There are a lot of elements and themes explored, but very little are given any room to properly grow or reach a satisfying conclusion. There are elements of a love story, coming of age, crime, poverty, abandonment, destiny, injustice, substance abuse, and more…all within a mere 80 minutes. The trouble is that nothing really new or meaningful is said about any of these issues. The two lovers are likeable enough, and we want to see them achieve their dreams, but there is never really any conviction in the belief that those dreams are ever really possible. They are also both overwhelmingly stoic, Sebastian especially so, and it takes far too long in such a short movie for his characterisation to progress.

The performances are genuine from the novice cast, there is beautiful cinematography and sound design work, especially in the contrasting sequences of the city, where the “real” plot occurs, and the dream sequences shot in a range of natural environments. It’s a shame, because if this were a longer film, perhaps some of the ideas which were introduced could have been explored more thoroughly. But in the end, we are left with a stylish film that struggles to find its focus and meaning.

The Dreamer screens at The Sydney Latin American Film Festival, which runs from September 8-12. For more on The Dreamer, head to the official website.

 
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Patient (The Sydney Latin American Film Festival )

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It’s every parent’s nightmare: a child falling ill. And yet, it’s only the beginning of this story, which might start as a battle against cancer, but ends as a battle against bureaucracy.

The documentary, Patient, is an inside look into the Colombian health care system, where absurd bureaucratic obstacles prevent many patients from receiving the medicine and care that that they need. As we follow Nubia Martinez, the mother of a declining cancer patient, struggling to overcome the system and receive appropriate assistance from her daughter’s hospital, we are privy to many hours of waiting, pacing, and going back and forth between the officials that makes dealing with the illness all the more difficult.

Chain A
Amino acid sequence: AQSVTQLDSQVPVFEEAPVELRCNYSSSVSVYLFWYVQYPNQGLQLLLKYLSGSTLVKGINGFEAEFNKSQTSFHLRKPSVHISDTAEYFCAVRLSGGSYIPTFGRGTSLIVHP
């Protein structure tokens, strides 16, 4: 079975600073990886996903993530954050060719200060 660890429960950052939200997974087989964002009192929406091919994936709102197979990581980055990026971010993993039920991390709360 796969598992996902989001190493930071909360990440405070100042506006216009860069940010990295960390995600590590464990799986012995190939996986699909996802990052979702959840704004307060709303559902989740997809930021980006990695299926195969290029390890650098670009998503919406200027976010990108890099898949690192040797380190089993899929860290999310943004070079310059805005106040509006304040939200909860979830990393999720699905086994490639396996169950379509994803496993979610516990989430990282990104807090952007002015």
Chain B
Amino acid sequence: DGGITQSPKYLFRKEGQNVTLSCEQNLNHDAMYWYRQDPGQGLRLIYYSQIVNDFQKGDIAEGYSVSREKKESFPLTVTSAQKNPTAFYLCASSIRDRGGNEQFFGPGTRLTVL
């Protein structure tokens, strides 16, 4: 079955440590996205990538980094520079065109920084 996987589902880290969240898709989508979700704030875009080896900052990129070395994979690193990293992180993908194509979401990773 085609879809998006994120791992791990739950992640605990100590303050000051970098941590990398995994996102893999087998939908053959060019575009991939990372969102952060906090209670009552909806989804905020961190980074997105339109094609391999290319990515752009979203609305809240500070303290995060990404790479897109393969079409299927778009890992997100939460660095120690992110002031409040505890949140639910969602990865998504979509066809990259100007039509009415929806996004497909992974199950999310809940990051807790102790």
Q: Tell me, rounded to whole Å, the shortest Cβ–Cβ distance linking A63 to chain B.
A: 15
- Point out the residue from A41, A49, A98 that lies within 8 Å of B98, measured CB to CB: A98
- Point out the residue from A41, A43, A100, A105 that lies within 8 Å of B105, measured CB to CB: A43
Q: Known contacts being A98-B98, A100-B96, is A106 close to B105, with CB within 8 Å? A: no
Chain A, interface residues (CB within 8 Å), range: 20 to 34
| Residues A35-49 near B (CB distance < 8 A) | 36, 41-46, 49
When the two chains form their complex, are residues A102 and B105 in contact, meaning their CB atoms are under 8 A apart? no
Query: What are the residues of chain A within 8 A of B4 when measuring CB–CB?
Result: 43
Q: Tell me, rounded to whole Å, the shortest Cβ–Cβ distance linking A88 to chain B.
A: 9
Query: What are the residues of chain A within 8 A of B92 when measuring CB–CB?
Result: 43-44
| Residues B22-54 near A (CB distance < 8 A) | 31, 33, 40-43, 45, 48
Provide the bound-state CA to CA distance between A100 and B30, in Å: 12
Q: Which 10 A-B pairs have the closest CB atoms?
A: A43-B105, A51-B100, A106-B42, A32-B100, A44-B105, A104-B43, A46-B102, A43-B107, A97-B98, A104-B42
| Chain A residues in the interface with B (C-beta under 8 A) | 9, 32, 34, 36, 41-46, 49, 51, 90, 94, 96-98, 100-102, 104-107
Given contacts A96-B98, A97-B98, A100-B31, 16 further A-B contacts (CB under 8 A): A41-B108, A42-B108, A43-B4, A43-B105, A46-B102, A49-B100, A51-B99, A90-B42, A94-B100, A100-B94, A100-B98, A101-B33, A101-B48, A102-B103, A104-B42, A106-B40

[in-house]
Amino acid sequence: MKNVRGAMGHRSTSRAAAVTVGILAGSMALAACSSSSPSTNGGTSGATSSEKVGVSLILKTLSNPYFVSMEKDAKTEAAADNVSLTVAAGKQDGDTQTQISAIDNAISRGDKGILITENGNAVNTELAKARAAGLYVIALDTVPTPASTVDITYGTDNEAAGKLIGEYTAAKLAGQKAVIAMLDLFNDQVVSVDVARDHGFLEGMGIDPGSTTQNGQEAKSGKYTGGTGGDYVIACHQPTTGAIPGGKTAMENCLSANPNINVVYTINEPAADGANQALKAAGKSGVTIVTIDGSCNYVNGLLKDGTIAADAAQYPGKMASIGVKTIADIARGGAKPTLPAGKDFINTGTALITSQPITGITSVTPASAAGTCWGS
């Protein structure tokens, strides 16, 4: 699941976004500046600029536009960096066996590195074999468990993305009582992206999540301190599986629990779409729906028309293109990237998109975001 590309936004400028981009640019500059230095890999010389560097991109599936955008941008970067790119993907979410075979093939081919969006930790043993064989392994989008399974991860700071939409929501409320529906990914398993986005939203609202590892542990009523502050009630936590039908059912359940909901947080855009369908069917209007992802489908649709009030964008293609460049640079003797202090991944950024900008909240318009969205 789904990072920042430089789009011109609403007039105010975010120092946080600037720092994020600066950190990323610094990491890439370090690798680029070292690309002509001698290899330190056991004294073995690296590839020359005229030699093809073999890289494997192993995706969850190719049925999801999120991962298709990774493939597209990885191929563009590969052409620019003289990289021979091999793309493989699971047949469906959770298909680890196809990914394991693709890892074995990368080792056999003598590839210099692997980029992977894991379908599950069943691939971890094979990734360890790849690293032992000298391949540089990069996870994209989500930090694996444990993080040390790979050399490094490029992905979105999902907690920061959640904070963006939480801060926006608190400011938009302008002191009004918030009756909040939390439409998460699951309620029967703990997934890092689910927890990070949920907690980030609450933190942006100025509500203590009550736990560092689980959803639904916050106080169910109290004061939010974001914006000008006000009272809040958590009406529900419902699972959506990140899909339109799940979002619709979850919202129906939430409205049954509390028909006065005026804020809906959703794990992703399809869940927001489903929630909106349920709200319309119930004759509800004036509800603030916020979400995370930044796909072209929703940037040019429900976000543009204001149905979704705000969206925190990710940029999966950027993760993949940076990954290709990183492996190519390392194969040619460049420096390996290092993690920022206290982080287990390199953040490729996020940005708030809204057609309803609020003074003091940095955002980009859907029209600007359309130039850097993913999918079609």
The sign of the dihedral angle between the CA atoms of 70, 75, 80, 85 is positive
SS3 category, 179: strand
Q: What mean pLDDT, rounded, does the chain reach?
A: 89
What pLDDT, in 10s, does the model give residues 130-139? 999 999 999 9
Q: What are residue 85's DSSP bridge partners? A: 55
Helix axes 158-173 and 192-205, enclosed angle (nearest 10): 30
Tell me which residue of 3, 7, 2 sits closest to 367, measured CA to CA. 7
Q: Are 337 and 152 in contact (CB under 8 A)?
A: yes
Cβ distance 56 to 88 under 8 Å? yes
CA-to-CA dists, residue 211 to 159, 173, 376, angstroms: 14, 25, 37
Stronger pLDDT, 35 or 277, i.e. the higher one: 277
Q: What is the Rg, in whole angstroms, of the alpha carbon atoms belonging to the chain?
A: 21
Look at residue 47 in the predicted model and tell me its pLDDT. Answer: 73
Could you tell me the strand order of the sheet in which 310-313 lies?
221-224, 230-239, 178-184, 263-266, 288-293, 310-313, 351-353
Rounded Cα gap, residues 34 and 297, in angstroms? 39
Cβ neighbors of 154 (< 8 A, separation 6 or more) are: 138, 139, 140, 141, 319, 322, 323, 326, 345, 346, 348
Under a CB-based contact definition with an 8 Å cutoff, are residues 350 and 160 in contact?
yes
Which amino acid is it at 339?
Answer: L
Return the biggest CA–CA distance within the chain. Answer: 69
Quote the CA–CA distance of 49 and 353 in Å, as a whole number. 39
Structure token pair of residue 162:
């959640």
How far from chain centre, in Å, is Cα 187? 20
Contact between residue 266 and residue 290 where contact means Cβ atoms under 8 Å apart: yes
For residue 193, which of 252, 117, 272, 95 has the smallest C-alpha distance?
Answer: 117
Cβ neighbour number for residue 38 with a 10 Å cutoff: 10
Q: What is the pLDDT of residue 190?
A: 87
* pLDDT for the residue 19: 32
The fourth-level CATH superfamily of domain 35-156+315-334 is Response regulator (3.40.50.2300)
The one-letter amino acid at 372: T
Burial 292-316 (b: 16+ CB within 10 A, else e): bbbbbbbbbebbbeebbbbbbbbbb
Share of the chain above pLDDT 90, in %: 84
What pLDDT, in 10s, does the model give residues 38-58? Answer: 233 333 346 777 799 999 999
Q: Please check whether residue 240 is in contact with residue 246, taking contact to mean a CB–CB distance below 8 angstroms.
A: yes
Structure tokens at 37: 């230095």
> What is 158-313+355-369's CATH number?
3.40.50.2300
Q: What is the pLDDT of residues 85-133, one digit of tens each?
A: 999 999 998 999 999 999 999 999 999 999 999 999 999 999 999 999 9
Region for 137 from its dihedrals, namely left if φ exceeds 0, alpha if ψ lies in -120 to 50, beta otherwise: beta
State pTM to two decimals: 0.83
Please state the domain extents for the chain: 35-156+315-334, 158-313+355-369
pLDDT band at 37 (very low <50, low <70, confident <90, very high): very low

Despite the relatively short runtime, Patient feels agonisingly long, partially reflecting the long waits that the patients are subjected to, but mostly because there’s not a lot going on. Though the film alludes to interesting ideas beneath the surface – systematic disregard for patients’ urgent needs, the idea of being a “patient” patient, the recurring soundbites from Colombia’s Next Top Model as a reminder of the “perfect body” – there is no drama, no story, and only one character that we barely know. We are recounted a story that, though the illness is terrible, gives us nothing to connect to; whilst we do get little glimpses of Nubia’s humanity, her tiredness, and her care for her daughter, we have no character to identify with. And in the end, none of it matters; the passive story ends abruptly, leaving us nothing to dwell on, because the story barely registers in the first place.

Patient screens at The Sydney Latin American Film Festival, which runs from September 8-12. For more on Patient, head to the official website.

 
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The Carer

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This twee drama about a cantankerous and ailing actor and the caregiver who cracks his crusty shell is vaguely reminiscent of 1983’s stagy film, The Dresser (with a smattering of Scent Of A Woman), thanks to its bombastic thespian central character.

Brian Cox plays Sir Michael Gifford, a theatrical legend and an insufferable curmudgeon who has a reputation for alienating the parade of caregivers appointed by his long suffering daughter, played well by Emilia Fox. Sir Michael stubbornly insists on remaining in his massive country home while suffering from a rare type of Parkinson’s disease. Enter the newest hire, Dorottya (Coco König), a charming Hungarian refugee and gently persuasive care assistant who worms her way into Sir Michael’s crabby heart by judiciously deploying Shakespeare quotes along with the adult nappies. It turns out that she’s an aspiring actress with designs on being accepted into a prestigious drama academy, so Sir Michael soon finds himself useful once again, and a friendship is forged.